Photo: Rust’s Cessna 172, resting near Red Square some time after his landing. Rust is standing on the right in the photo, wearing colored overalls.
Rust was arrested two hours later. He was charged with several violations, the most serious being that he had illegally entered Soviet airspace. Rust argued that he was merely trying to promote world peace. He carried with him copies of a plan he had developed for a worldwide democracy, which he referred to as “Iagonia”. Rust’s trial began in Moscow on 2 September 1987. He was sentenced to four years in a general-regime labor camp for hooliganism, for disregard of aviation laws, and for breaching the Soviet border.
Two months later, Reagan and Gorbachev agreed to sign a treaty to eliminate intermediate-range nuclear weapons in Europe, and the Supreme Soviet ordered Rust to be released in August 1988 as a goodwill gesture to the West. After his release, Rust enjoyed a short period of fame before he retreated from the public eye and became involved with several utopian and religious groups.
William E. Odom, former director of the U.S. National Security Agency and author of The Collapse of the Soviet Military, says that Rust’s flight irreparably damaged the reputation of the Soviet military. This enabled Gorbachev to remove many of the strongest opponents to his reforms. Minister of Defense Sergei Sokolov and the head of the Soviet Air Defence Forces Alexander Koldunov were dismissed along with hundreds of other officers. This was the biggest turnover in the Soviet military since Stalin’s purges 50 years earlier.
Rust’s rented Reims Cessna F172P was sold to Japan where it was exhibited for several years. In 2008 it was returned to Germany and was placed in the Deutsches Technikmuseum in Berlin.
Tank Man, 1989
The Tiananmen Square protests of 1989 culminating in the Tiananmen Square Massacre were a series of demonstrations in and near Tiananmen Square in the People’s Republic of China (PRC) between 15-Apr and 04-Jun-1989. They were mainly led by Beijing students and intellectuals.
By the spring of 1989 there was growing sentiment among university students and others in China for political and economic reform. The country had experienced a decade of remarkable economic growth and liberalization, and many Chinese had been exposed to foreign ideas and standards of living. In addition, although the economic advances in China had brought new prosperity to many citizens, it was accompanied by price inflation and opportunities for corruption by government officials.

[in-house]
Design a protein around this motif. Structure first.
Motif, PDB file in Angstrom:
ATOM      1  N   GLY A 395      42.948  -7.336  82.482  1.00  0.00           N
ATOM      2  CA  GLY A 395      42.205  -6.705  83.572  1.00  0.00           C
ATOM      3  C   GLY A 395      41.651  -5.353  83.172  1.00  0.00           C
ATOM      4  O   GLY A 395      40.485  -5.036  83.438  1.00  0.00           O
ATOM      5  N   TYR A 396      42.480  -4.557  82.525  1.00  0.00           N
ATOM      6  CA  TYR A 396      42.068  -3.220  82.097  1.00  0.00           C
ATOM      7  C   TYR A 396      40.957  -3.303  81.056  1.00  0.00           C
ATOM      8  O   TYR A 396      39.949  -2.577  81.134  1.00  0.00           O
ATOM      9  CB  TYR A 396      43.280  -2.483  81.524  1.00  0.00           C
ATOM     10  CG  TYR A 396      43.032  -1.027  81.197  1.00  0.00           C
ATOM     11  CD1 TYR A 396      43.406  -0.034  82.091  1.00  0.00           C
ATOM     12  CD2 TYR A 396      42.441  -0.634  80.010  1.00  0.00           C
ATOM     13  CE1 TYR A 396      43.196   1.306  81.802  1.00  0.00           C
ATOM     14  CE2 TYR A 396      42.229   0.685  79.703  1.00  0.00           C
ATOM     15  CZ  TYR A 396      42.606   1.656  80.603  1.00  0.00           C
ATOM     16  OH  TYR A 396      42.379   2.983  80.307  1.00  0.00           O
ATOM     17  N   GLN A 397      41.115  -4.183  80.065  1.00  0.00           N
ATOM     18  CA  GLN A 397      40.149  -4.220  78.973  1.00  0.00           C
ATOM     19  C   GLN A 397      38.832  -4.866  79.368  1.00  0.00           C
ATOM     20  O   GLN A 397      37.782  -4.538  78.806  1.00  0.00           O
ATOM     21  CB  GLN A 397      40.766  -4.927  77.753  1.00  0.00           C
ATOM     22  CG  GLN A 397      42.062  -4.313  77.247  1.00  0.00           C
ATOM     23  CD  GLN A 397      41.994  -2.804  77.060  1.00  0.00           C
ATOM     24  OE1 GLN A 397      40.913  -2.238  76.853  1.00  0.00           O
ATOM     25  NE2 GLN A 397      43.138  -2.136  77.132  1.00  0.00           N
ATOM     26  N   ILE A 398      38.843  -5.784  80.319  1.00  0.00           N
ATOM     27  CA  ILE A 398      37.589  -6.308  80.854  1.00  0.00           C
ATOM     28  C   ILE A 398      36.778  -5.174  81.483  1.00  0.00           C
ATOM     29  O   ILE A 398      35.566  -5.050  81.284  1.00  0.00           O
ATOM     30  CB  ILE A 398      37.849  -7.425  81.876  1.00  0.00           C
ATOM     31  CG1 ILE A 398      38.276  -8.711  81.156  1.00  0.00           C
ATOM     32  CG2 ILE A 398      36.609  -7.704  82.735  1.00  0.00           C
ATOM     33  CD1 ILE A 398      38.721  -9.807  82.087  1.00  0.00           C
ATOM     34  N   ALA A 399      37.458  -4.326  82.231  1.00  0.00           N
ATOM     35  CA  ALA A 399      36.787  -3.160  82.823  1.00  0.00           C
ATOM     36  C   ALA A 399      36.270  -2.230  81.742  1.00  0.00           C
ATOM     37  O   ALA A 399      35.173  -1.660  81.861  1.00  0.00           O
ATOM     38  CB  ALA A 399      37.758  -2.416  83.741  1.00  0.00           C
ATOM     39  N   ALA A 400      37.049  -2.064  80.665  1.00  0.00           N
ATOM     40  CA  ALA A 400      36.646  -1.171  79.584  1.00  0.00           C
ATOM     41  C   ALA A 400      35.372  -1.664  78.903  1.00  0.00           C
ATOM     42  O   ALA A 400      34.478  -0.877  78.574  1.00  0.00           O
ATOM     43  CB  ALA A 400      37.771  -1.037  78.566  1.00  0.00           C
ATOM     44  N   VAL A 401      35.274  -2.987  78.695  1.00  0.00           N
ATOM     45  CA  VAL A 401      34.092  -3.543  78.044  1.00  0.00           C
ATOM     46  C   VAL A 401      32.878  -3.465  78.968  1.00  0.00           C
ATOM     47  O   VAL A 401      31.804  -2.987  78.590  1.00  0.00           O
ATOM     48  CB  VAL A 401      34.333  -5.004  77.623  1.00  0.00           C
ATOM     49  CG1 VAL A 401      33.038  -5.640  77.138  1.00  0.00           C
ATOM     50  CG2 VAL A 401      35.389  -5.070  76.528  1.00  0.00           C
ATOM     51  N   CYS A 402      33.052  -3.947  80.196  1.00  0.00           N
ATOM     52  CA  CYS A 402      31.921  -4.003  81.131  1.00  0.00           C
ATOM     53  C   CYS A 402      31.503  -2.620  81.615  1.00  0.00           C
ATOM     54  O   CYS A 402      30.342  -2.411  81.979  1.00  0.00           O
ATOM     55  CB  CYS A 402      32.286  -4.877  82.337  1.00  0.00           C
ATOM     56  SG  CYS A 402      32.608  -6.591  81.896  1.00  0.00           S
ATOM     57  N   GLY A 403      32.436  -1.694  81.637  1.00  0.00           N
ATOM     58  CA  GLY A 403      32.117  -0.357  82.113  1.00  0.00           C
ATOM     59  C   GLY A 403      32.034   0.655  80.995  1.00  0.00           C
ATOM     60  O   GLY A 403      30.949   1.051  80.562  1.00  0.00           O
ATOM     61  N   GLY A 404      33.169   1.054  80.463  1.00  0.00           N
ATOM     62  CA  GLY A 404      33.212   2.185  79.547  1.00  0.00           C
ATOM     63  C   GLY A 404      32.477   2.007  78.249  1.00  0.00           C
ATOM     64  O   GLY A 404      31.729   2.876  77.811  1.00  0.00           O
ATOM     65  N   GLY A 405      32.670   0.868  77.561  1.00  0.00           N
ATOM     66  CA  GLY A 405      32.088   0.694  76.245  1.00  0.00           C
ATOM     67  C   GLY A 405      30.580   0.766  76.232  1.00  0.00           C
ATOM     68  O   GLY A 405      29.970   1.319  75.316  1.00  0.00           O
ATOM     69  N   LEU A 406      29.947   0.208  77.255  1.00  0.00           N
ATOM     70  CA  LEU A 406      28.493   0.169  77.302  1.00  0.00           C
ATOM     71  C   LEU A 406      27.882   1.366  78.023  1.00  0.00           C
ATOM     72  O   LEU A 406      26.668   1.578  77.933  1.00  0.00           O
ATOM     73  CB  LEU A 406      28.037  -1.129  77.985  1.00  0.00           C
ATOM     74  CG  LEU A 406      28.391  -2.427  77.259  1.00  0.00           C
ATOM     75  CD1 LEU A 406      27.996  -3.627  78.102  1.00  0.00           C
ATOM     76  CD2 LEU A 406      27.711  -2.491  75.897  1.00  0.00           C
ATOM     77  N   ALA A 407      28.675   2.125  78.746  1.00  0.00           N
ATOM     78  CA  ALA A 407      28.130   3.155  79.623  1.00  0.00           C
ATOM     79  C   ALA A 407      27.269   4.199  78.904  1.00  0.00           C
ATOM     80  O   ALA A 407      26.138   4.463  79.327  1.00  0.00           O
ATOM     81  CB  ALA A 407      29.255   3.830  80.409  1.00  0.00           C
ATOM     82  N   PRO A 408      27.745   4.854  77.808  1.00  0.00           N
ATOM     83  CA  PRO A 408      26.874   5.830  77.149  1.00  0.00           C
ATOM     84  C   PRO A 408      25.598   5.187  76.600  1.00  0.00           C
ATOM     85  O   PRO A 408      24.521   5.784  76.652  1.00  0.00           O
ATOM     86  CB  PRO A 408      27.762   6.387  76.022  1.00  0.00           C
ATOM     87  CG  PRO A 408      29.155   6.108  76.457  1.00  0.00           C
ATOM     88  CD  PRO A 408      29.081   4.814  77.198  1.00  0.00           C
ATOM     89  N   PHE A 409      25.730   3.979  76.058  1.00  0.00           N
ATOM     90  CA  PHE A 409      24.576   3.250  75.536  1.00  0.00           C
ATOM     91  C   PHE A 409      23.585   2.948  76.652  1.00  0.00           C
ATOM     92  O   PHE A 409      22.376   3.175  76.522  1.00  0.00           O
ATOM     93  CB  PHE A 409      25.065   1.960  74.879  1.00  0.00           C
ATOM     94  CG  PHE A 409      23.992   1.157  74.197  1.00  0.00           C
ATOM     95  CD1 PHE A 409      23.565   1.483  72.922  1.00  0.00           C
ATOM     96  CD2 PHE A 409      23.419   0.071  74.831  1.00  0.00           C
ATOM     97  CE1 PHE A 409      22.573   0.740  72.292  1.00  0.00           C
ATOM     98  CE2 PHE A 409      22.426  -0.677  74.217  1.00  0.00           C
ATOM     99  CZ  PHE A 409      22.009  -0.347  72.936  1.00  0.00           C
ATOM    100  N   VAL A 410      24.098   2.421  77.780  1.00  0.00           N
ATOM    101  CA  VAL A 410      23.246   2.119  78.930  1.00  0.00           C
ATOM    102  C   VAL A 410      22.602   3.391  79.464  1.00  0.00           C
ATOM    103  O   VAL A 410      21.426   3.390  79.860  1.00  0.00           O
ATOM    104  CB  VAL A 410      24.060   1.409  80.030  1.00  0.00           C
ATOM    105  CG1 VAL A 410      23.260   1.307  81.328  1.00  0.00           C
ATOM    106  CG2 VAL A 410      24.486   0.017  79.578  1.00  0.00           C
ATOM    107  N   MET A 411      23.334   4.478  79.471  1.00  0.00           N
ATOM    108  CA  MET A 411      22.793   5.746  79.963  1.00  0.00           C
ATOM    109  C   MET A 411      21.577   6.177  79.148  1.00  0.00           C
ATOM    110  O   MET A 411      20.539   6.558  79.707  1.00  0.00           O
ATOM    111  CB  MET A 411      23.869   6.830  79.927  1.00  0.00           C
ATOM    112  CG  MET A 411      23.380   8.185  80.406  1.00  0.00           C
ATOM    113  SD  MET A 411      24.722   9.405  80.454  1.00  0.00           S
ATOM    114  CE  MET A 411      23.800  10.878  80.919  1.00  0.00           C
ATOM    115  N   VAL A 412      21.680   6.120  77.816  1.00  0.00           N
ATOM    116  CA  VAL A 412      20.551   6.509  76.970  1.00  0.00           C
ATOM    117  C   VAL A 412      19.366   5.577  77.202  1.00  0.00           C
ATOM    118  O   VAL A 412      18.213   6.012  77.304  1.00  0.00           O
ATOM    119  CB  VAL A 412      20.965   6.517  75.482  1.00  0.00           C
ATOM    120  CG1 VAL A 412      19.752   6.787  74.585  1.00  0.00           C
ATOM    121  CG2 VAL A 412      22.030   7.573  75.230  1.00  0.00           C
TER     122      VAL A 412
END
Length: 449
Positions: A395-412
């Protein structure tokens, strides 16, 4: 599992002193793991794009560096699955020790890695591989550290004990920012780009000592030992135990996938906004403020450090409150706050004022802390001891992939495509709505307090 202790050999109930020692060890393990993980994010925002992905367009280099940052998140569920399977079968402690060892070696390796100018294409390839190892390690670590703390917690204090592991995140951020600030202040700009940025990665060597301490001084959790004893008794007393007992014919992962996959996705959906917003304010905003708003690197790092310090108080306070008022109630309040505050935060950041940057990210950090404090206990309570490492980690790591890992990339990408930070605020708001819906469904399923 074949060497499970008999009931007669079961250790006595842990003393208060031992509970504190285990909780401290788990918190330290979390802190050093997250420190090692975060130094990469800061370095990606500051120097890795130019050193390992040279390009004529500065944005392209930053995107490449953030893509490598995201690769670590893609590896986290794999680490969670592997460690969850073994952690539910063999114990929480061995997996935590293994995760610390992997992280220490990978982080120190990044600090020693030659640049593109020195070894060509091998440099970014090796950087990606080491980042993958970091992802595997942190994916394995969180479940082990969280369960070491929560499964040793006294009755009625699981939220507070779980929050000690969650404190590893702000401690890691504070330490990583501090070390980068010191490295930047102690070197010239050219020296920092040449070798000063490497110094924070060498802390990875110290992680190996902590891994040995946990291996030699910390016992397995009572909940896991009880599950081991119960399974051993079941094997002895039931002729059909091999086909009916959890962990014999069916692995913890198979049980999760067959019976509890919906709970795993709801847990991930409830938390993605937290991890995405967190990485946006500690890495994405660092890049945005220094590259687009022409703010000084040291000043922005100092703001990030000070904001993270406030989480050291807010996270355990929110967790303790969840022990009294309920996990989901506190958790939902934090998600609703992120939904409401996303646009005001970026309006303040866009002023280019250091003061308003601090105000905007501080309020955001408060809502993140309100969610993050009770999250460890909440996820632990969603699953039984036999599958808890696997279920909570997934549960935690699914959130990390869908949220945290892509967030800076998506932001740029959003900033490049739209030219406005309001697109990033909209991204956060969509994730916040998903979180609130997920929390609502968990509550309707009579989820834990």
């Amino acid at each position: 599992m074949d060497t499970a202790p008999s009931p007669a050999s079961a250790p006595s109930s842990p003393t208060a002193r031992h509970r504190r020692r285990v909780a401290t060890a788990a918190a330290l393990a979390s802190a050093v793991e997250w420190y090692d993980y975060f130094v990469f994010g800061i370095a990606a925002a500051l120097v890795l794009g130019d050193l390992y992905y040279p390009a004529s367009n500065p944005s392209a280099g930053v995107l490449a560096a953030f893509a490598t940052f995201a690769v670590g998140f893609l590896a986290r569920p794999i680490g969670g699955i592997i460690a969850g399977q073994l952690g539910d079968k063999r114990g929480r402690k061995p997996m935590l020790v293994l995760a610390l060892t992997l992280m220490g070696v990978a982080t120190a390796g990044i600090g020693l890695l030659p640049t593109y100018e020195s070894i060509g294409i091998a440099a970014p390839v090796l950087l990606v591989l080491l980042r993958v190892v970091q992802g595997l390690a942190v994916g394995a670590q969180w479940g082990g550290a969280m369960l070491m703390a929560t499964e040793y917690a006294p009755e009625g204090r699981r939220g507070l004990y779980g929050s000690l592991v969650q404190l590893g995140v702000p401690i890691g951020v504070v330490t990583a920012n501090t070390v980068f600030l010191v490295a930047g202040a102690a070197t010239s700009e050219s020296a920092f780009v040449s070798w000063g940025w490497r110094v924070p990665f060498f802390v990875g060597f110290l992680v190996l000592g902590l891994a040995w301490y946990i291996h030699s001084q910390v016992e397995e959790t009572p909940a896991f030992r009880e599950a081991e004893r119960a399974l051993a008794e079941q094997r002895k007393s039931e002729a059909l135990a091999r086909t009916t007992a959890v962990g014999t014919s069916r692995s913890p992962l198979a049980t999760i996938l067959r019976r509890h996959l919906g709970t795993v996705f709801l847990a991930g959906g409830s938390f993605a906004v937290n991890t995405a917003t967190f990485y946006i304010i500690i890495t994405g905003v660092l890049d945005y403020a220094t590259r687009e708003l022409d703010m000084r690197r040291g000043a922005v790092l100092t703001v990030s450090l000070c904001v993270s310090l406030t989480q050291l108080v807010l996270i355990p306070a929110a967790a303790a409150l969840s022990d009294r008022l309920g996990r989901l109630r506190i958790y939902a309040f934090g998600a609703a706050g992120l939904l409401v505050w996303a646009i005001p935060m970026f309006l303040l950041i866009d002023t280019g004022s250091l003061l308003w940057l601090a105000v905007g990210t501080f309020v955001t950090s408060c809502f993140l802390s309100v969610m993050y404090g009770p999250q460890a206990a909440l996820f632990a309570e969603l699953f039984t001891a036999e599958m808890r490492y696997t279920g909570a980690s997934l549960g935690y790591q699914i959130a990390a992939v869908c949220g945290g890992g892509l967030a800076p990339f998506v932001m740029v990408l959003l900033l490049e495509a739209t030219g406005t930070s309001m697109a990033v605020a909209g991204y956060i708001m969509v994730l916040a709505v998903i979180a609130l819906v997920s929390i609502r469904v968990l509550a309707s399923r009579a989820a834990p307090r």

In the mid-1980s the central government had encouraged some people (notably scientists and intellectuals) to assume a more active political role, but hard-liners in the government and Chinese Communist Party (CCP) want suppress what they termed “bourgeois liberalism.” One casualty of this tougher stance was Hu Yaobang, who had been the CCP General Secretary since 1980 and who had encouraged democratic reforms; in January 1987 he was forced to resign his post.
The catalyst for the chain of events in the spring of 1989 was the death of Hu in mid-April; Hu was transformed into a martyr for the cause of political liberalization. On the day of his funeral (April 22), tens of thousands of students gathered in Tiananmen Square demanding democratic and other reforms. For the next several weeks, students in crowds of varying sizes – eventually joined by a wide variety of individuals seeking political, social, and economic reforms – gathered in the square.
The initial government response was to issue stern warnings but take no action against the mounting crowds in Tiananmen Square. A large number of Western journalists had gathered to report on the visit to China by Soviet leader Mikhail Gorbachev in mid-May. Shortly after his arrival, a demonstration in the square drew some one million participants and was widely broadcast overseas.
Meanwhile, an intense debate ensued among government and party officials on how to handle the mounting protests. Moderates, such as Zhao Ziyang (Hu Yaobang’s successor as party General Secretary), advocated negotiating with the demonstrators and offering concessions. However, they were overruled by hard-liners led by Chinese premier Li Peng and supported by paramount elder statesman Deng Xiaoping, who, fearing anarchy, insisted on forcibly suppressing the protests.